I kept a weather eye out for him, as they say. Saw him sitting alone at mess but scowling at anyone who sat next to him. I’d walk by, bend down, say a word—who would give him hell, who was good to know. He took my advice and pretty soon, I sat with my rank, he sat with his, but he wasn’t alone. I felt like I’d done my job then, and it felt good.
Master Sergeant Galway, just like I thought, had it out for him just for breathing.
Galway was an evil fucker, with red hair he kept brutally buzzed, big green freckles he protected with zinc oxide in that violent sunshine, and a scar—one he’d signed up with—ripping from the corner of his mouth to the corner of his eye. He’d told recruitment it had been a car wreck he’d survived. All that time I’d spent invisible? I wasn’t always a good boy. I knew a knife wound when I saw it.
Last boy who’d been under Galway’s care in the auto bay had walked in front of a bank of sandbags during a shelling.
Galway said the boy was weak. I suspected he had a way of making men weak.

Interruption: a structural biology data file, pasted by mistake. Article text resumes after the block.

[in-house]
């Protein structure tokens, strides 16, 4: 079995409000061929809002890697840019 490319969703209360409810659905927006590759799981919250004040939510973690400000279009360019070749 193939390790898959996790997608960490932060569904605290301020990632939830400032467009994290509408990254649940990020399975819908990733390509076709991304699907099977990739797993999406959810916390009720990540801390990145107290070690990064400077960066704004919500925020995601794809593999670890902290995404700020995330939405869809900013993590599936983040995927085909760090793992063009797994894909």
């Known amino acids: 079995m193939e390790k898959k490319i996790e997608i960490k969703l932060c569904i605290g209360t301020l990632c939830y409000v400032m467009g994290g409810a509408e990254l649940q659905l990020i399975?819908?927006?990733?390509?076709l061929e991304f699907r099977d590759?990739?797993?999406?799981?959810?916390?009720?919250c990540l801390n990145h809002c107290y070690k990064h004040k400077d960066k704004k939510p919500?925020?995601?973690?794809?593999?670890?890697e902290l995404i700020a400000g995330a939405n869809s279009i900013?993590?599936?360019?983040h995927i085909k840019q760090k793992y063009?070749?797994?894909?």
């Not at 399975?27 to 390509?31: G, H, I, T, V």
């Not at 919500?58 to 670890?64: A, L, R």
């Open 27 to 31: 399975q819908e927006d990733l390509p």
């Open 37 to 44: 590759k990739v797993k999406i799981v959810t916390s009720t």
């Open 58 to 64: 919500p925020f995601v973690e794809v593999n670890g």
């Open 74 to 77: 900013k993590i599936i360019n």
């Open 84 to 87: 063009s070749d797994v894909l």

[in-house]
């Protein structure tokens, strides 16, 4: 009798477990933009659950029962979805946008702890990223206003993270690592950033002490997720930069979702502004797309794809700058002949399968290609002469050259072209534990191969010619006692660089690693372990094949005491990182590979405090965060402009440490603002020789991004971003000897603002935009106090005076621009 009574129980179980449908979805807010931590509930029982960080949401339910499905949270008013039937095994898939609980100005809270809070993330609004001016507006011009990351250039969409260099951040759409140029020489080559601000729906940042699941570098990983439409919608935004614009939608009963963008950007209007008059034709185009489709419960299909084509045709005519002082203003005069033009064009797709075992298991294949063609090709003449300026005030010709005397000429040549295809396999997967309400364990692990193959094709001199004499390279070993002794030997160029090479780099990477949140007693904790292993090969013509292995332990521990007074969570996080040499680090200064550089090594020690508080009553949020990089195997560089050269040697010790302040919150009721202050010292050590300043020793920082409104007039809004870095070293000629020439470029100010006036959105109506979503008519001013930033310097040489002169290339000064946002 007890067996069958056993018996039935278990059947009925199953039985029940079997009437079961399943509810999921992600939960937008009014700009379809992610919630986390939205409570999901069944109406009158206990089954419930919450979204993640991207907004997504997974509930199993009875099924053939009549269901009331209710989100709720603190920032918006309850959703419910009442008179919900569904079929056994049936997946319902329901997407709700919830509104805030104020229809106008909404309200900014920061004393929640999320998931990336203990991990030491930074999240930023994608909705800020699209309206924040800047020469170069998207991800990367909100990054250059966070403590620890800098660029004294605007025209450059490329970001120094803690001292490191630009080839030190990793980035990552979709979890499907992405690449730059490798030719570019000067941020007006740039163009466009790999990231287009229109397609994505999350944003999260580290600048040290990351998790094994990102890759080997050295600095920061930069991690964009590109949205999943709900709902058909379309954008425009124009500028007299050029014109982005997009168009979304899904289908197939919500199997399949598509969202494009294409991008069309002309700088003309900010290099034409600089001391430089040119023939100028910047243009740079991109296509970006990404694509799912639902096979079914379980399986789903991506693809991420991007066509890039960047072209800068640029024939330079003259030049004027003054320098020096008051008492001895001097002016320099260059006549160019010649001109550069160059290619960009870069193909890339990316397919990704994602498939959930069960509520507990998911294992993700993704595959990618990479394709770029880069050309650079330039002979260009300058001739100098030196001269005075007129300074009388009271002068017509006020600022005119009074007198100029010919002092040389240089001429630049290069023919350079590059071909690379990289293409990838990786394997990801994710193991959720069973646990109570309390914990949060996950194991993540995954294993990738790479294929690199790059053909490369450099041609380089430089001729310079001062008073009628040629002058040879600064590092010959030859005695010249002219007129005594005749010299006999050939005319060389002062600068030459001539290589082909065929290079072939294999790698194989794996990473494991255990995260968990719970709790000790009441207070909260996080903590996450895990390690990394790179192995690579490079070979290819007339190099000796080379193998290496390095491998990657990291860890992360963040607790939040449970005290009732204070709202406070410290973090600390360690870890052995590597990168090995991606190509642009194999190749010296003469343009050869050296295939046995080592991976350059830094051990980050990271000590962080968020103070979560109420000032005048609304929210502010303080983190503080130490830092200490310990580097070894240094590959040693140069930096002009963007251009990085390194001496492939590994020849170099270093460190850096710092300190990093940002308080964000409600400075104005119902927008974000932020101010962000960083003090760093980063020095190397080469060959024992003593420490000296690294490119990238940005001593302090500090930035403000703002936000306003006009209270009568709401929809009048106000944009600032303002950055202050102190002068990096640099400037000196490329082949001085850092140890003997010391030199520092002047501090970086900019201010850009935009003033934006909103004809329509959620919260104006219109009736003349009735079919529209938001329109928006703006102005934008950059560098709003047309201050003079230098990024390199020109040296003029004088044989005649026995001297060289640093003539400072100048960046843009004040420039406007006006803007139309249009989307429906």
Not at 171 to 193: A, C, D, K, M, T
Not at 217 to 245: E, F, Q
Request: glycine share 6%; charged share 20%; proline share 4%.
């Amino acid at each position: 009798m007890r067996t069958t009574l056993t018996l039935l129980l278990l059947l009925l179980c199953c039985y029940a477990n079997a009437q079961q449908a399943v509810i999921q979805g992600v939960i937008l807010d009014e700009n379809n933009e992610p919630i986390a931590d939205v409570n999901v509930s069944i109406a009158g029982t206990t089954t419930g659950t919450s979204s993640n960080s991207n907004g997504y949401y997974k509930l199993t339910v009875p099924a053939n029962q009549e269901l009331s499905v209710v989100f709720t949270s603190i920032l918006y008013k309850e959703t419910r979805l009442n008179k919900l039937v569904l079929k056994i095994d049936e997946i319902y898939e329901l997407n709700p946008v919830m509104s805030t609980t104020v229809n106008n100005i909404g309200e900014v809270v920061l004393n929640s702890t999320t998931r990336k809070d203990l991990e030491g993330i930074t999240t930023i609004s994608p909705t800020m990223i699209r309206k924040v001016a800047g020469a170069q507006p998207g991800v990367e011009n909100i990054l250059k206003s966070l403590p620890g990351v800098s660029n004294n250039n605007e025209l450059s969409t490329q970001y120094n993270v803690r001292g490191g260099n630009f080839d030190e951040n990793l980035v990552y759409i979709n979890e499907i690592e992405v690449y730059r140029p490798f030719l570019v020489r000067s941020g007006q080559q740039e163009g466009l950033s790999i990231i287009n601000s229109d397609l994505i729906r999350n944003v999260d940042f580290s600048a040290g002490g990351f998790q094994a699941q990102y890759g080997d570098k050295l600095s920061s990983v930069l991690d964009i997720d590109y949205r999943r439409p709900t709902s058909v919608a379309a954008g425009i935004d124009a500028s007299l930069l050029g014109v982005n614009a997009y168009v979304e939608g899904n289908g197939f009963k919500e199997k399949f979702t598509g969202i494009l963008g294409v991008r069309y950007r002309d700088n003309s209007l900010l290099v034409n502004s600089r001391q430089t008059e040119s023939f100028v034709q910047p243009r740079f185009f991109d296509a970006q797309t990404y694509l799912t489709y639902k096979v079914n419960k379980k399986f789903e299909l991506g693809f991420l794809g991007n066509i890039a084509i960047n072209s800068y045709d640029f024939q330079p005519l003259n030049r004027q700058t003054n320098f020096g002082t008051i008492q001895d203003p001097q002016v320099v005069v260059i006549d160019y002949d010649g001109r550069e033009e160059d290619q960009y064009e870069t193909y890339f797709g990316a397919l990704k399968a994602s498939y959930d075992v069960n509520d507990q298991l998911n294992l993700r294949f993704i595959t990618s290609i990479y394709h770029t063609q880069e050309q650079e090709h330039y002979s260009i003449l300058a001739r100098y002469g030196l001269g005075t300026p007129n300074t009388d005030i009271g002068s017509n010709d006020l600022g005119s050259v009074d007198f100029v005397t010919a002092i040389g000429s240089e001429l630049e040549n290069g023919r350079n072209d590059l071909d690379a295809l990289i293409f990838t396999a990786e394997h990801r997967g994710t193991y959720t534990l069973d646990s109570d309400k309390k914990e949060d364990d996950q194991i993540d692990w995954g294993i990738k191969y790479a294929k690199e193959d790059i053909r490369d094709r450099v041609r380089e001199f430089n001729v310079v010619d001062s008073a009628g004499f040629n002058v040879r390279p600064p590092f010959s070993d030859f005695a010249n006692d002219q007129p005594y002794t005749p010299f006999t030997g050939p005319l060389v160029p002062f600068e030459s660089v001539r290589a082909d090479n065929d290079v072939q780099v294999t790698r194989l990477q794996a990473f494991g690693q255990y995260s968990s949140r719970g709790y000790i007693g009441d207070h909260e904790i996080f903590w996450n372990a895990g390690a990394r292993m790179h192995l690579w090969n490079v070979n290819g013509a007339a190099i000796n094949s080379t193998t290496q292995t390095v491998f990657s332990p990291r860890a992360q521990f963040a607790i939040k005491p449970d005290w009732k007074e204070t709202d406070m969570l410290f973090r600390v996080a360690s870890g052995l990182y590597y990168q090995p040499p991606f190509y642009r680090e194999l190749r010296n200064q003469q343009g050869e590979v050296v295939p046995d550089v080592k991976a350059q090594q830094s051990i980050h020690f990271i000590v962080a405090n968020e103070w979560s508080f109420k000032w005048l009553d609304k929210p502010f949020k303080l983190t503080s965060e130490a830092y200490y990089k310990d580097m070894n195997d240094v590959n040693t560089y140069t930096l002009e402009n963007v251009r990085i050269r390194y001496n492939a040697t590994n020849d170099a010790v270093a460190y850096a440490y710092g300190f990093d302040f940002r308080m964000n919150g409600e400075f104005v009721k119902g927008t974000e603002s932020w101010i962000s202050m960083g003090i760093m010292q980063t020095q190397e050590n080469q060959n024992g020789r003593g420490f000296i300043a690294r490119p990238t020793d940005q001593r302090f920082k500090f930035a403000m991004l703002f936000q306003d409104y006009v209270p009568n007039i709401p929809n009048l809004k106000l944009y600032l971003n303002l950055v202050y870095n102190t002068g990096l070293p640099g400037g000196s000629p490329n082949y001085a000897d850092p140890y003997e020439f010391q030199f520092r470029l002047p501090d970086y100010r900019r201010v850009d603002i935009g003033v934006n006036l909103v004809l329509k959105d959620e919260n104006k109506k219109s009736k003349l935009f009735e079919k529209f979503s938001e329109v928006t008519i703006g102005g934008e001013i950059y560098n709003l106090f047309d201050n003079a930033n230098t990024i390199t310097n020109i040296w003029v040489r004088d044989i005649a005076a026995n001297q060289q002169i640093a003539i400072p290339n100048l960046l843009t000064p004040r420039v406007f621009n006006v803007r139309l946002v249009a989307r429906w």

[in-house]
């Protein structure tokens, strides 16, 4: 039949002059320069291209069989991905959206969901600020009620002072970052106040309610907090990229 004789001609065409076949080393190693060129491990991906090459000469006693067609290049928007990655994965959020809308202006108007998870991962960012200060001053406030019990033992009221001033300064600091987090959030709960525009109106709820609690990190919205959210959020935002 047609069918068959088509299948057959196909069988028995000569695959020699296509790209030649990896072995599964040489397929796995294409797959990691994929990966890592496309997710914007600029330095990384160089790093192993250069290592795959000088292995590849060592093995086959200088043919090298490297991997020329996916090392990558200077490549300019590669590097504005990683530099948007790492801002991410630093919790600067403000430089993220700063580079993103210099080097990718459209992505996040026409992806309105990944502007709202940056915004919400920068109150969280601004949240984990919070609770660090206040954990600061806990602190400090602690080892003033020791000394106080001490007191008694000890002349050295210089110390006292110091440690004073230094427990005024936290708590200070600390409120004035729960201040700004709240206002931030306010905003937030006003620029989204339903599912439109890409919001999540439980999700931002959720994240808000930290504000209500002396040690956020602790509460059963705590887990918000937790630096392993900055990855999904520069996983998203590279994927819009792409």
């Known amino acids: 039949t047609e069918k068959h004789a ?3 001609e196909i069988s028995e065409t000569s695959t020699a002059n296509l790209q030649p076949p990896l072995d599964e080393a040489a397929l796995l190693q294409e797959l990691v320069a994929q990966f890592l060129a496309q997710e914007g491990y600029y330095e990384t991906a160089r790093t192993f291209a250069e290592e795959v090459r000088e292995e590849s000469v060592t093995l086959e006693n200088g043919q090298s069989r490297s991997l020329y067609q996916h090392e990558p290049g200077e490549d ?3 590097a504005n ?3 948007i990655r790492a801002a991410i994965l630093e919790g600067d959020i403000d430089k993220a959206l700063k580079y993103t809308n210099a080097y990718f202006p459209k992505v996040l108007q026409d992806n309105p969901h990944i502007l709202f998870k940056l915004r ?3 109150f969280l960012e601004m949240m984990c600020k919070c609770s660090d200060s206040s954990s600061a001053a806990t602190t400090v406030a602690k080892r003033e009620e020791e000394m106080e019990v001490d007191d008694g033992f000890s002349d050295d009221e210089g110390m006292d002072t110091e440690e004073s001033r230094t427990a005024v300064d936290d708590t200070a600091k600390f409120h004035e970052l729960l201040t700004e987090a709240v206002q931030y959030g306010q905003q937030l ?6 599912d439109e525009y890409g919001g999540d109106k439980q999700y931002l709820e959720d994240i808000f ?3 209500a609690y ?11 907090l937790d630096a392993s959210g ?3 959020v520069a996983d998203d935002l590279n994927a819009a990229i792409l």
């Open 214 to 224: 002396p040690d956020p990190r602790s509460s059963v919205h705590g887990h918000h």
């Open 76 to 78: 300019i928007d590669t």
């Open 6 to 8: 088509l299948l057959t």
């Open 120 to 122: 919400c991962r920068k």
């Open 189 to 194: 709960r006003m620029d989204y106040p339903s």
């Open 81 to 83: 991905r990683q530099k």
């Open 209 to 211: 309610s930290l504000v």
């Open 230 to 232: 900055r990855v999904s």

Two weeks after my boy got there, he walked into mess with a black eye. He met my eyes as he stood in line for chow, and I nodded.
He nodded back.
That day, after mess, I paid a visit to the auto bay. Said I needed to requisition a Hummer—and I did—for Master Sergeant Kennedy, who was putting together two teams of recon to make sure no one was moving in on us. We were outside of Pakistan, and I wasn’t high enough to be in the know, but I knew people were running around like headless chickens and that the privates were running message after message that they didn’t know about and didn’t want to.
There was going to be action, something big, and if the good master sergeant wanted to check for bogeymen, I wasn’t gonna tell him no.
I got there just in time. Sonny was standing in the corner, a lug wrench in his hand, looking at the other two privates and Master Sergeant Galway like he was going to take them down. Galway was holding onto his arm, furious, while Daye’s jaw was clenched like this was his last stand.
“Private Daye!” I snapped out, and without flinching, without questioning, he jerked his spine upright, dropped the wrench, and stood at attention.
“Master Sergeant Kennedy needs his Hummer ready, complete with ordinance, as well as two other vehicles. Go out and start outfitting those, and I’ll come help in a moment.”
“Sir-yes-sir!” His voice rang in the hot confines of the concrete-floored auto bay. Then he turned, grabbed his box of tools, and trotted out to the Hummers.